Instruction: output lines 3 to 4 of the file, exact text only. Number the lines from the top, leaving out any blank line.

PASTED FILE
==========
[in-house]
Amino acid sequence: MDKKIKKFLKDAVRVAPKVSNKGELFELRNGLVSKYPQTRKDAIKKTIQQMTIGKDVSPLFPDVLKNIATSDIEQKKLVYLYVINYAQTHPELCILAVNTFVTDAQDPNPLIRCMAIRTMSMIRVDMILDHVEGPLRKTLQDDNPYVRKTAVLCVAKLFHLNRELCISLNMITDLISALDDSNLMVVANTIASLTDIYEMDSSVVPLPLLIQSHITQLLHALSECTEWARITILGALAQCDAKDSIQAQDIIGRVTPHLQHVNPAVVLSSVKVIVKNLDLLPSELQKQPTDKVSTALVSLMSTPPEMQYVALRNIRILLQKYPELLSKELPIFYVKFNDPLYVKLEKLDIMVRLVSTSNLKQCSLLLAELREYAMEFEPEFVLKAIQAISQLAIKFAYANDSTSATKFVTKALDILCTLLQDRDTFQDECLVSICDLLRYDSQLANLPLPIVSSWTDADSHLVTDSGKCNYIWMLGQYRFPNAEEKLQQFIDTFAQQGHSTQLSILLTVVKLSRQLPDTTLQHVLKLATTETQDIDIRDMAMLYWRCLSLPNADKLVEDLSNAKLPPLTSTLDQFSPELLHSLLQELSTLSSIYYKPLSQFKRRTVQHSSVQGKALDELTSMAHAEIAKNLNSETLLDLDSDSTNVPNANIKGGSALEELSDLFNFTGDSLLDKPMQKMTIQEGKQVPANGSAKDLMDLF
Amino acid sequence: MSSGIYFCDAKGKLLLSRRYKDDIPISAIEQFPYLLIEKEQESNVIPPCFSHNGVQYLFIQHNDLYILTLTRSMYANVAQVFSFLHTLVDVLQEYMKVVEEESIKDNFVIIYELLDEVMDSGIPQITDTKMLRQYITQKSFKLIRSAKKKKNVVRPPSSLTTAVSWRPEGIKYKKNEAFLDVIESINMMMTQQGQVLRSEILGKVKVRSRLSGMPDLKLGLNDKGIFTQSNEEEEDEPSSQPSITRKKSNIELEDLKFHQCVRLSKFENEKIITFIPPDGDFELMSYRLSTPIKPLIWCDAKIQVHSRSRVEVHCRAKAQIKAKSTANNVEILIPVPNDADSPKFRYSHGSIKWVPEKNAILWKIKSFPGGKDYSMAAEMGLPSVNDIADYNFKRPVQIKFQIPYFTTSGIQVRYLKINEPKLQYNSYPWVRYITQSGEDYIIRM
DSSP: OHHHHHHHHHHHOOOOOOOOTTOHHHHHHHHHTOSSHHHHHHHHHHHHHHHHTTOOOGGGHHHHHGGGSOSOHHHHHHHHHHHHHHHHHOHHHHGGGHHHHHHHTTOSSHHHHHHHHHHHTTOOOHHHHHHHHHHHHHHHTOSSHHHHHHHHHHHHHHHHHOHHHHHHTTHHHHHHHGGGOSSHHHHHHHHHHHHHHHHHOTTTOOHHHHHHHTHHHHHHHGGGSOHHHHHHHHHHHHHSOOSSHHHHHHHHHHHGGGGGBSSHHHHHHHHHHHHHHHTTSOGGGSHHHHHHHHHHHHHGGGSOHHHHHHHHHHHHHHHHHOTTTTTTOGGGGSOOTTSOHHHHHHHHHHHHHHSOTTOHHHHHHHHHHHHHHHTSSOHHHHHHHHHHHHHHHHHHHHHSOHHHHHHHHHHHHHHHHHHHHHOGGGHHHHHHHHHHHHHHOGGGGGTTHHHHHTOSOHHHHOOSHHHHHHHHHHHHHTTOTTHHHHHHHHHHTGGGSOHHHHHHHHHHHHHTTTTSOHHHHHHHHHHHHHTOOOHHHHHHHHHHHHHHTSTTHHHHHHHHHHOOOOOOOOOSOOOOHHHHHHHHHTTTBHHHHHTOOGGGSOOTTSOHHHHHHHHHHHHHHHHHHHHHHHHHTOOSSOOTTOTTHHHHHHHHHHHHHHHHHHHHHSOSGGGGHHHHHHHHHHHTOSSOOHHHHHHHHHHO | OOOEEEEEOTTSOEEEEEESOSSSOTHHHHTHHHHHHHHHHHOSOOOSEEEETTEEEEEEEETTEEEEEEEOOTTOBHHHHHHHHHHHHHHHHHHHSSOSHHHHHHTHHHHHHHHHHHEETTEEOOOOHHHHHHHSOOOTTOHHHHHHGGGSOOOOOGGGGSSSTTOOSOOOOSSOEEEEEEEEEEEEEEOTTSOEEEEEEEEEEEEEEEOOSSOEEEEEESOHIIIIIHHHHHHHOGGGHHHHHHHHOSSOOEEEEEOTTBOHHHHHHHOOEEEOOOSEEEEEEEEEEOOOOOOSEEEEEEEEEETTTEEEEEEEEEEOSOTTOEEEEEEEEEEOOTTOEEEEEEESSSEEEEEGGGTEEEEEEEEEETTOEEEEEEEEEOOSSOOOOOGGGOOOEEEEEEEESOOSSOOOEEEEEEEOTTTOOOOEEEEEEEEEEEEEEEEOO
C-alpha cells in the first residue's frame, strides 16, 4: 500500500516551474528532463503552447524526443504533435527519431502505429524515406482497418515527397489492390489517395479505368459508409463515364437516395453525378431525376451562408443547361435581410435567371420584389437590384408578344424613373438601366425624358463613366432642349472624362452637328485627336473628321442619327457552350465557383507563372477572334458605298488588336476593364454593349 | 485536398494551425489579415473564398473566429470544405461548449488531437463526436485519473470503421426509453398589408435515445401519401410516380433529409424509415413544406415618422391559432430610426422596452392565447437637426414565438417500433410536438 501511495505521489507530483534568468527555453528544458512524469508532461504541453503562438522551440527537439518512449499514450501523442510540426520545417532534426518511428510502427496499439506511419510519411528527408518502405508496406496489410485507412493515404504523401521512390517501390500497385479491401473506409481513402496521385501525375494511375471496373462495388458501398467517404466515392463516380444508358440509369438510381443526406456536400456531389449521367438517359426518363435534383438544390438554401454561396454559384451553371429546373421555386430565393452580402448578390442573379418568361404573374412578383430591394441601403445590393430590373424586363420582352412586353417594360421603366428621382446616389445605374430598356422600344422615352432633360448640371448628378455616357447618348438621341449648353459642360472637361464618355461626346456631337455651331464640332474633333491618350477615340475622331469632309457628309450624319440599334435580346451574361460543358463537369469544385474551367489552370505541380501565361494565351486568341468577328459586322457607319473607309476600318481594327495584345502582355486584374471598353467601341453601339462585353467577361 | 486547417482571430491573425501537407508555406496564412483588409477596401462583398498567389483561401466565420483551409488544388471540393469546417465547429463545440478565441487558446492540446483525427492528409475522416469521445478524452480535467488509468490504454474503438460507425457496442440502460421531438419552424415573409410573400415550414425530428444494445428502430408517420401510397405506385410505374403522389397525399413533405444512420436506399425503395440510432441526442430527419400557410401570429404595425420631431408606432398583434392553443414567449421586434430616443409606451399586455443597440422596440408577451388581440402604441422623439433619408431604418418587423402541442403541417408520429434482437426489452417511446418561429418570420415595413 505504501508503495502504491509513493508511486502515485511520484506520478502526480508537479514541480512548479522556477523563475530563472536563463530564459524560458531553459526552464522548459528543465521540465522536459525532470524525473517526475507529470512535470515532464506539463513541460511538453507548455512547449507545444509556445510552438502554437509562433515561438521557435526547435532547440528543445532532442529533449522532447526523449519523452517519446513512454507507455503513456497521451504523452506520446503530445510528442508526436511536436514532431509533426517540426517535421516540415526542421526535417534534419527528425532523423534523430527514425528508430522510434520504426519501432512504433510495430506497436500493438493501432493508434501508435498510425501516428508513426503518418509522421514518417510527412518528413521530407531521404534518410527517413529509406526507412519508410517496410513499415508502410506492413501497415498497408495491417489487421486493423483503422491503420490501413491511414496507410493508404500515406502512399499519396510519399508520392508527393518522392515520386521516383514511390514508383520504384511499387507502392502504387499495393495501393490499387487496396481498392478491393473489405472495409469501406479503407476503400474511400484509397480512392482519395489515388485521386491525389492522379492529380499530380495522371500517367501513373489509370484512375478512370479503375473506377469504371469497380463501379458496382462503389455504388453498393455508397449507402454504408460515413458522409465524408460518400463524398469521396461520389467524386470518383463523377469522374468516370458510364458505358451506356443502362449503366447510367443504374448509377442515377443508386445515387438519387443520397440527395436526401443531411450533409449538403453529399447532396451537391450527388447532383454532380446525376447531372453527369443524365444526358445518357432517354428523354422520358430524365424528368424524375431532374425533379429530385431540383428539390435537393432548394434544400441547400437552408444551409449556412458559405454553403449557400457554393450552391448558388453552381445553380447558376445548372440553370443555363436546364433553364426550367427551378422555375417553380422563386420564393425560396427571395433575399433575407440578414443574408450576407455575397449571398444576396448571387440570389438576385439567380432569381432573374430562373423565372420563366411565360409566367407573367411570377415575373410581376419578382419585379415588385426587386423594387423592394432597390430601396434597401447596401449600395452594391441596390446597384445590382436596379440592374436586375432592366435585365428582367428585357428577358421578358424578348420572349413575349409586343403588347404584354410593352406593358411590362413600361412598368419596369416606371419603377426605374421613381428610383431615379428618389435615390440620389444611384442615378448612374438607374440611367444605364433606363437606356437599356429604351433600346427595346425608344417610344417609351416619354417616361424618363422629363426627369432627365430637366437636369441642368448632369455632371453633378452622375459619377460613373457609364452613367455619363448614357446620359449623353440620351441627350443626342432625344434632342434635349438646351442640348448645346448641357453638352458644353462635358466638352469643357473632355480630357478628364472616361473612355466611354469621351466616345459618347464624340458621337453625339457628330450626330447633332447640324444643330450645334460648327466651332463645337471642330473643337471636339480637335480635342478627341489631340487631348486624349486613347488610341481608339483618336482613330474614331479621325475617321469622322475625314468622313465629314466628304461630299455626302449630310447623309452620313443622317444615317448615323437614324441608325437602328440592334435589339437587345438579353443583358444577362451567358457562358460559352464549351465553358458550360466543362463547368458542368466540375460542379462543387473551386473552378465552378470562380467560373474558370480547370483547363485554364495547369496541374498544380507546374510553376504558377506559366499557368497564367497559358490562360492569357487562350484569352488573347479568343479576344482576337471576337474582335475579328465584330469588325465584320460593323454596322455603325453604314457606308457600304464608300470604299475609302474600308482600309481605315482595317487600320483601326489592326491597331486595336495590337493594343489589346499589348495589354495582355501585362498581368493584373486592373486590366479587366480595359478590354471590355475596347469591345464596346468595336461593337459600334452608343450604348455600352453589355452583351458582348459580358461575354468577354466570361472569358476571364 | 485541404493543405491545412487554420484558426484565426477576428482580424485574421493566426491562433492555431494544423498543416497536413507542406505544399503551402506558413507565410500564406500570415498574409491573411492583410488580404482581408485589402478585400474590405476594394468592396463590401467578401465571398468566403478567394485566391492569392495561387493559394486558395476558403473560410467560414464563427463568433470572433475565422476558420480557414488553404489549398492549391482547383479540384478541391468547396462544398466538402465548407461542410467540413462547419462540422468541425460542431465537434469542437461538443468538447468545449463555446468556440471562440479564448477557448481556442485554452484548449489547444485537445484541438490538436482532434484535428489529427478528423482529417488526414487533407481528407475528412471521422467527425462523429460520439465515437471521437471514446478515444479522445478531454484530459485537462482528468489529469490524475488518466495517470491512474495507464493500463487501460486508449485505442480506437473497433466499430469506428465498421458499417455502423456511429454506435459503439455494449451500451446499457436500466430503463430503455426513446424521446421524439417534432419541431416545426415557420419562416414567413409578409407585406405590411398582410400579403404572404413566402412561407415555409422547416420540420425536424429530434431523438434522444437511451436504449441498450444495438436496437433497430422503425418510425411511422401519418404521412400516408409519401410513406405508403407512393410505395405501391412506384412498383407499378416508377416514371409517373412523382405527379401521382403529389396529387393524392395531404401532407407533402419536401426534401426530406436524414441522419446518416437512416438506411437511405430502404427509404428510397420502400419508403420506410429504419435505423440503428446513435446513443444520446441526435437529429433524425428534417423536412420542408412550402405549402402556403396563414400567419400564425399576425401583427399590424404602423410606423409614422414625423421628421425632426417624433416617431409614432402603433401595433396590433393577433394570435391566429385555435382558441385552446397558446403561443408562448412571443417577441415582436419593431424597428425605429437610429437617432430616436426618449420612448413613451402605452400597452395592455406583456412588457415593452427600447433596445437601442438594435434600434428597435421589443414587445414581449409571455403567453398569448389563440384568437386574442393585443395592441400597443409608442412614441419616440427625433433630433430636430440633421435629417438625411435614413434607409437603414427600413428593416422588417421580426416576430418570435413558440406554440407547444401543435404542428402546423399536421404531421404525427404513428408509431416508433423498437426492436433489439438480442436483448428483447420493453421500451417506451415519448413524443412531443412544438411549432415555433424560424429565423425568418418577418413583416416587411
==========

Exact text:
Amino acid sequence: MSSGIYFCDAKGKLLLSRRYKDDIPISAIEQFPYLLIEKEQESNVIPPCFSHNGVQYLFIQHNDLYILTLTRSMYANVAQVFSFLHTLVDVLQEYMKVVEEESIKDNFVIIYELLDEVMDSGIPQITDTKMLRQYITQKSFKLIRSAKKKKNVVRPPSSLTTAVSWRPEGIKYKKNEAFLDVIESINMMMTQQGQVLRSEILGKVKVRSRLSGMPDLKLGLNDKGIFTQSNEEEEDEPSSQPSITRKKSNIELEDLKFHQCVRLSKFENEKIITFIPPDGDFELMSYRLSTPIKPLIWCDAKIQVHSRSRVEVHCRAKAQIKAKSTANNVEILIPVPNDADSPKFRYSHGSIKWVPEKNAILWKIKSFPGGKDYSMAAEMGLPSVNDIADYNFKRPVQIKFQIPYFTTSGIQVRYLKINEPKLQYNSYPWVRYITQSGEDYIIRM
DSSP: OHHHHHHHHHHHOOOOOOOOTTOHHHHHHHHHTOSSHHHHHHHHHHHHHHHHTTOOOGGGHHHHHGGGSOSOHHHHHHHHHHHHHHHHHOHHHHGGGHHHHHHHTTOSSHHHHHHHHHHHTTOOOHHHHHHHHHHHHHHHTOSSHHHHHHHHHHHHHHHHHOHHHHHHTTHHHHHHHGGGOSSHHHHHHHHHHHHHHHHHOTTTOOHHHHHHHTHHHHHHHGGGSOHHHHHHHHHHHHHSOOSSHHHHHHHHHHHGGGGGBSSHHHHHHHHHHHHHHHTTSOGGGSHHHHHHHHHHHHHGGGSOHHHHHHHHHHHHHHHHHOTTTTTTOGGGGSOOTTSOHHHHHHHHHHHHHHSOTTOHHHHHHHHHHHHHHHTSSOHHHHHHHHHHHHHHHHHHHHHSOHHHHHHHHHHHHHHHHHHHHHOGGGHHHHHHHHHHHHHHOGGGGGTTHHHHHTOSOHHHHOOSHHHHHHHHHHHHHTTOTTHHHHHHHHHHTGGGSOHHHHHHHHHHHHHTTTTSOHHHHHHHHHHHHHTOOOHHHHHHHHHHHHHHTSTTHHHHHHHHHHOOOOOOOOOSOOOOHHHHHHHHHTTTBHHHHHTOOGGGSOOTTSOHHHHHHHHHHHHHHHHHHHHHHHHHTOOSSOOTTOTTHHHHHHHHHHHHHHHHHHHHHSOSGGGGHHHHHHHHHHHTOSSOOHHHHHHHHHHO | OOOEEEEEOTTSOEEEEEESOSSSOTHHHHTHHHHHHHHHHHOSOOOSEEEETTEEEEEEEETTEEEEEEEOOTTOBHHHHHHHHHHHHHHHHHHHSSOSHHHHHHTHHHHHHHHHHHEETTEEOOOOHHHHHHHSOOOTTOHHHHHHGGGSOOOOOGGGGSSSTTOOSOOOOSSOEEEEEEEEEEEEEEOTTSOEEEEEEEEEEEEEEEOOSSOEEEEEESOHIIIIIHHHHHHHOGGGHHHHHHHHOSSOOEEEEEOTTBOHHHHHHHOOEEEOOOSEEEEEEEEEEOOOOOOSEEEEEEEEEETTTEEEEEEEEEEOSOTTOEEEEEEEEEEOOTTOEEEEEEESSSEEEEEGGGTEEEEEEEEEETTOEEEEEEEEEOOSSOOOOOGGGOOOEEEEEEEESOOSSOOOEEEEEEEOTTTOOOOEEEEEEEEEEEEEEEEOO